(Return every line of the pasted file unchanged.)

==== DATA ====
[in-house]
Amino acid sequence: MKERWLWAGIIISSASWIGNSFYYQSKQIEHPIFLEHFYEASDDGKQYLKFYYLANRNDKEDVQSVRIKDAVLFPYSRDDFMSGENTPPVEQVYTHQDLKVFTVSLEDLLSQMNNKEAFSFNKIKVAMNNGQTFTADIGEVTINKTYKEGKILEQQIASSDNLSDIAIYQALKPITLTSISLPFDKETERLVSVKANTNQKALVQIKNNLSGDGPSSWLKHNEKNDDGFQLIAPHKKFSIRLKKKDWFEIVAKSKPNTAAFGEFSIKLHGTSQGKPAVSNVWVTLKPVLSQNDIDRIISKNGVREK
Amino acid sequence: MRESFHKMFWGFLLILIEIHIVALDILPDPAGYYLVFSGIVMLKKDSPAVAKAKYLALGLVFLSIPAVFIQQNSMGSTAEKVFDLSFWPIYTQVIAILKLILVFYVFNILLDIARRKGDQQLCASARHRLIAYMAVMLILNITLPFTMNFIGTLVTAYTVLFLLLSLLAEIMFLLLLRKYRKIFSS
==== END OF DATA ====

[in-house]
Amino acid sequence: MKERWLWAGIIISSASWIGNSFYYQSKQIEHPIFLEHFYEASDDGKQYLKFYYLANRNDKEDVQSVRIKDAVLFPYSRDDFMSGENTPPVEQVYTHQDLKVFTVSLEDLLSQMNNKEAFSFNKIKVAMNNGQTFTADIGEVTINKTYKEGKILEQQIASSDNLSDIAIYQALKPITLTSISLPFDKETERLVSVKANTNQKALVQIKNNLSGDGPSSWLKHNEKNDDGFQLIAPHKKFSIRLKKKDWFEIVAKSKPNTAAFGEFSIKLHGTSQGKPAVSNVWVTLKPVLSQNDIDRIISKNGVREK
Amino acid sequence: MRESFHKMFWGFLLILIEIHIVALDILPDPAGYYLVFSGIVMLKKDSPAVAKAKYLALGLVFLSIPAVFIQQNSMGSTAEKVFDLSFWPIYTQVIAILKLILVFYVFNILLDIARRKGDQQLCASARHRLIAYMAVMLILNITLPFTMNFIGTLVTAYTVLFLLLSLLAEIMFLLLLRKYRKIFSS